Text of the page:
Vetoes Carry Risks for GOP
The looming veto fight over Homeland Security funding holds political peril and promise, as Republicans seek to rebuild a record of fiscal stewardship while Democrats plan to blast them as caring more about preserving tax cuts for the wealthy than in investing in security.
Veto showdowns can have unpredictable political consequences, and with the White House shying away from a veto threat on the military construction and Veterans Affairs bill, Democrats view the Homeland Security spending bill as one of the most difficult for President Bush to sustain a veto on.
A veto would give the majority a golden opportunity to blast Republicans for shortchanging local police, fire departments and even border security. And if Bush has a change of heart and signs the bill, Democrats say, they will be able to take credit for security upgrades that 150 Congressional Republicans voted against on the floor.
“We win if he signs it, I think they lose if he vetoes it,” said Rep. Chris Van Hollen (Md.), chairman of the Democratic Congressional Campaign Committee. “What they are simply doing is denying the Department of Homeland Security the funds necessary to protect America. We’ll certainly let their constituents know that they failed to provide the resources.”
House Appropriations Chairman David Obey (D-Wis.) also uncorked on Bush, ripping him as the biggest impediment to Homeland Security funding since the Sept. 11, 2001, terrorist attacks. “The president has only one priority and that is to preserve his tax cuts for the super-wealthy,” Obey charged.
Democrats expressed hope that Bush would reconsider the threat to veto the bill in light of his offer to add billions in emergency spending for border security as part of a deal to restart immigration legislation, but that seems highly unlikely.
House Republican Conference Chairman Adam Putnam (Fla.) said Republicans believe they have credibility on security and can successfully wage a veto fight over the bill, which the administration feels is bloated with $2.1 billion in unnecessary spending.
“Republicans created the Department of Homeland Security, Republicans created the TSA, Republicans have had to listen to whining by the Democrats to everything we have done,” Putnam said. “There is no downside to vetoing a bill or sustaining a veto on a bill that prevents the border fence from being constructed and doubles the increase in spending beyond the president’s request.”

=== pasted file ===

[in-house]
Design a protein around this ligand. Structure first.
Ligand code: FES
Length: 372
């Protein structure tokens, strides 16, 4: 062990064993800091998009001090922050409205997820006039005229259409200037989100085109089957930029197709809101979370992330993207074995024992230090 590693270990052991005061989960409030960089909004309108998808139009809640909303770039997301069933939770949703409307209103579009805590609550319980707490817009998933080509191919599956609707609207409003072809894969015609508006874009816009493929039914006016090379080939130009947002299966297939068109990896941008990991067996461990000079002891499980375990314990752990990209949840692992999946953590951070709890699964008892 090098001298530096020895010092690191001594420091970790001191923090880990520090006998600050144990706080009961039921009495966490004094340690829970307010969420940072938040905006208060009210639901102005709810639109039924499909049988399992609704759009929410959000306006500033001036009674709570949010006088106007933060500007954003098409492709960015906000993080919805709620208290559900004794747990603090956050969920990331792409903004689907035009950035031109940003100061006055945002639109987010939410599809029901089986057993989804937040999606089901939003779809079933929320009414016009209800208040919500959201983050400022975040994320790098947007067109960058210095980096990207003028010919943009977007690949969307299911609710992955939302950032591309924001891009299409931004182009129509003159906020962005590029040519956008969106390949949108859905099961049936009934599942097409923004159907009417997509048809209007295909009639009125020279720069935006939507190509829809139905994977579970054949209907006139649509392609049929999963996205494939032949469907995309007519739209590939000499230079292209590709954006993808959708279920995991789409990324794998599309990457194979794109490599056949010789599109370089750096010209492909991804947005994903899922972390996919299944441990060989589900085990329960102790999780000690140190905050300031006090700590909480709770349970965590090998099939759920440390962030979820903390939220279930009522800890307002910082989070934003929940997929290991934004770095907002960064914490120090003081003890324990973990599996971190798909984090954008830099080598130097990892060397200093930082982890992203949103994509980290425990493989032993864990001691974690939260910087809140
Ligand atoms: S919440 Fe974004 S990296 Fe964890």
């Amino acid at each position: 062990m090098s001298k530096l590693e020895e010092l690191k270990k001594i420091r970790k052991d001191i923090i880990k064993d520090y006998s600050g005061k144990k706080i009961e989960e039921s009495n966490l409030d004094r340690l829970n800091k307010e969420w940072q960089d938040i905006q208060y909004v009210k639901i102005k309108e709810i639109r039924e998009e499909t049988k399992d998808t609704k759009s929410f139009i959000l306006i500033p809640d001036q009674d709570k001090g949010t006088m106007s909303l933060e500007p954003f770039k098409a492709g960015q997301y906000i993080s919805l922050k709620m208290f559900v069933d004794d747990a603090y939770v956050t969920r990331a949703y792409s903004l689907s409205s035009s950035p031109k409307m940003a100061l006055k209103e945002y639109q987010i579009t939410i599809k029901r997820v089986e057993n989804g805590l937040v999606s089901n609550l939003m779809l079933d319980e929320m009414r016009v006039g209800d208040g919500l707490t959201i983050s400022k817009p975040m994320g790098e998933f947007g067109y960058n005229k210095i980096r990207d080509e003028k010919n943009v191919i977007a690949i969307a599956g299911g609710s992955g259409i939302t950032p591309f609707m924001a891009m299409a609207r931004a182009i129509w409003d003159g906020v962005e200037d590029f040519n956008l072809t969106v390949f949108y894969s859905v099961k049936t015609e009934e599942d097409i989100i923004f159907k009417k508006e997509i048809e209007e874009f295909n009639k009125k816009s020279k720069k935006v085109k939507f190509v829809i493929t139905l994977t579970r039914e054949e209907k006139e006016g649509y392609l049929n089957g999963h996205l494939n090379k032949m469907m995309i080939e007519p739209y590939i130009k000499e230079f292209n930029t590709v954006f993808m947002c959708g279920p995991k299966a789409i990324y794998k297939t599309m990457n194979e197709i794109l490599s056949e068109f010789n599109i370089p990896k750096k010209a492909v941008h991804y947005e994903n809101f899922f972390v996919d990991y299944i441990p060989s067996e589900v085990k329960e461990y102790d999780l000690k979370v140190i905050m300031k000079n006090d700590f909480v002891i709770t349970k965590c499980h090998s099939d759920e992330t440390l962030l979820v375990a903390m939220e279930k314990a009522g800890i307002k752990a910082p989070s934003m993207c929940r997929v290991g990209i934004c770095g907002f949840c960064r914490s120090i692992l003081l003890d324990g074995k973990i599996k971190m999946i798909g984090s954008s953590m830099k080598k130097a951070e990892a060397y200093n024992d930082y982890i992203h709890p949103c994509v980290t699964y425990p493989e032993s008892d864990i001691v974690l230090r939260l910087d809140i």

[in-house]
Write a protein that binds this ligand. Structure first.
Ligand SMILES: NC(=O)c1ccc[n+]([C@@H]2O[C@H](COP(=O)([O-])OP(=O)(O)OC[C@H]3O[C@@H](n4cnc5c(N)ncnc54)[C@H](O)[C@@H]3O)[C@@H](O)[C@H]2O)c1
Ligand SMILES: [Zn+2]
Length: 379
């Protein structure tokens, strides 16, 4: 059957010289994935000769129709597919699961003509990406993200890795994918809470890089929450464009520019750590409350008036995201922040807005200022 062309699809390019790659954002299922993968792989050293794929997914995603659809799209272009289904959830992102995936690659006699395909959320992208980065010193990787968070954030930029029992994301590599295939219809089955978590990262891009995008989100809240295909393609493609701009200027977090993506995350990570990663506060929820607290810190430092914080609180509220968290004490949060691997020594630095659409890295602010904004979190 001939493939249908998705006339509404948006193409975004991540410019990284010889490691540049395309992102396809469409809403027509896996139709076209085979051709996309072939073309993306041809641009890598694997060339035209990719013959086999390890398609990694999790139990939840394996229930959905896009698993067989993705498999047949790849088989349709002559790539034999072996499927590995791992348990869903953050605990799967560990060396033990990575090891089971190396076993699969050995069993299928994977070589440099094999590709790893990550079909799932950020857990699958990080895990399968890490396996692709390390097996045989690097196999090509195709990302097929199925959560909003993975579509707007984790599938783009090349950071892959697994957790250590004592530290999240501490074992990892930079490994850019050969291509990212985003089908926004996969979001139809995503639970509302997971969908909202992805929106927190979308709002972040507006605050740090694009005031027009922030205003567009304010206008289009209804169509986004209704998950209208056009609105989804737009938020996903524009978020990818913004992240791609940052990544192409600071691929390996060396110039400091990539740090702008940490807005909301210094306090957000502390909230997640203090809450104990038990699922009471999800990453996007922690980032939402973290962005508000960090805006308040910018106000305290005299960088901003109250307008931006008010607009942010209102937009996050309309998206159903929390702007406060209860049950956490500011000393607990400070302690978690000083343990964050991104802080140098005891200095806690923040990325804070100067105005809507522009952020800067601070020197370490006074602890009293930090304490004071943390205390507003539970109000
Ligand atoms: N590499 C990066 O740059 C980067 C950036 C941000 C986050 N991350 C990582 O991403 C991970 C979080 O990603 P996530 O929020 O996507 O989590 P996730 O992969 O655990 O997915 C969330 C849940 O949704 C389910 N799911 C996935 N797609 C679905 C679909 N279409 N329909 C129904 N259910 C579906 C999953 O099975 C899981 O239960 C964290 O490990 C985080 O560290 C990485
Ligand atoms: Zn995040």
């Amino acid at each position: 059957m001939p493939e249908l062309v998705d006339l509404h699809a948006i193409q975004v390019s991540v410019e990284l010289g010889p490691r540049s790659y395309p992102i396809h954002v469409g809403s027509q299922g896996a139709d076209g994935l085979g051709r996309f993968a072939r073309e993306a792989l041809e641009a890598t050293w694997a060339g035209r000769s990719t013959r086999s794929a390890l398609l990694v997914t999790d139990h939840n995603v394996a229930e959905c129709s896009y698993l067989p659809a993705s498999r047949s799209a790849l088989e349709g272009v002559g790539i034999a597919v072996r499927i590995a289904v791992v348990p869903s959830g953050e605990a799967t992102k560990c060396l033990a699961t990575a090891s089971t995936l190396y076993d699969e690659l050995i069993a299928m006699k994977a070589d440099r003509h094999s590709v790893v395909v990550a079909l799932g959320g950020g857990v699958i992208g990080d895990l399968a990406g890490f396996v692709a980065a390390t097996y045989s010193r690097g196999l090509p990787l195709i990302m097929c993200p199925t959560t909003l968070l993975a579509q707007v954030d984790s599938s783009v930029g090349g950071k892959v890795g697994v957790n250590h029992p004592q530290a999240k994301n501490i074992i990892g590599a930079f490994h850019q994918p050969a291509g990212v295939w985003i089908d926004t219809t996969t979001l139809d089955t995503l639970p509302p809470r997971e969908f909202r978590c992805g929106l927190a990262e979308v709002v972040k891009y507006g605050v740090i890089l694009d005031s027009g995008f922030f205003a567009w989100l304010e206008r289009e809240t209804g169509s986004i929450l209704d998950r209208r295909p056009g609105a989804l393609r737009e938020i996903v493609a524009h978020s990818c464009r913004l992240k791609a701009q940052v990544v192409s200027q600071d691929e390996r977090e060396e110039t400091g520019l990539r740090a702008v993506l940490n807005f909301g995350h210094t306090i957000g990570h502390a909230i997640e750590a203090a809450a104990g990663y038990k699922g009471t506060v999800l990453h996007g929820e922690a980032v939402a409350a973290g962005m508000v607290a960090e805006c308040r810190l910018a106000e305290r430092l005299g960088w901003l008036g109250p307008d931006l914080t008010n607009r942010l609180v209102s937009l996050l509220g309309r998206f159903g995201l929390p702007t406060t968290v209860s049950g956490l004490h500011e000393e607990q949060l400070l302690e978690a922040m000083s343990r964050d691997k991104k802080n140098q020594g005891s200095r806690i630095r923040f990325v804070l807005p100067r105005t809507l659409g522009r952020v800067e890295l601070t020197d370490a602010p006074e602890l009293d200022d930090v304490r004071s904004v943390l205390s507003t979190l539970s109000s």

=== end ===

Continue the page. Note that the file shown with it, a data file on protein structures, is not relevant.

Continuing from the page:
The party’s conservative wing has been itching for a fight.
“I would love for the president to veto this bill and take this fight to the American people,” said Rep. Jeb Hensarling (Texas), chairman of the conservative Republican Study Committee. “America needs to know the Republicans stand for accountability and fiscal responsibility.”
Hensarling added, “No one is going to believe that President Bush is weak on homeland security, regardless of what people think of the president.”
Rep. John Campbell (R-Calif.), who successfully led the fight to get more than 146 Republicans to sign on to a letter vowing to sustain a veto on any appropriations bill exceeding the president’s request, said the Republicans will be able to take credit for saving billions if they hold firm.
“We’ve got to stop this spending spree,” he said.
Some Republicans, meanwhile, told the White House to back away from any veto threat on the military construction and Veterans Affairs bill, Putnam said, because Republicans want to support the troops.
The presidential Statement of Administration Policy on the military construction bill exempted that bill from an earlier threat by Office of Management and Budget Director Rob Portman to recommend vetoes on any bill that exceeds the president’s spending request.
“Funding for our troops, past and present, should not be held hostage to Congress’ attempts to provide irresponsible increases in domestic spending,” the June 13 statement said. The statement came almost simultaneously with Republicans reaching the crucial threshold last week of 146 Members to sustain vetoes.
“I don’t think there ever was going to be a veto” on the military construction bill, said one Republican leadership aide. “The optics are bad. The president with the support of Republicans is sending our troops to war in Iraq and some are coming back with terrible wounds. We don’t need to be seen as nickel-and-diming those expenses and giving Democrats a win.”
Even Hensarling voted for the bill, despite its spending $3.8 billion more than the president sought.
“We’re conservatives, but we’re not anarchists, and if there was ever a moral obligation to a group of American citizens it is our veterans, and it’s a time of war,” Hensarling said.
But he added he would still uphold a veto, if the president changes his mind.
“I personally hope it’s not this one,” he said.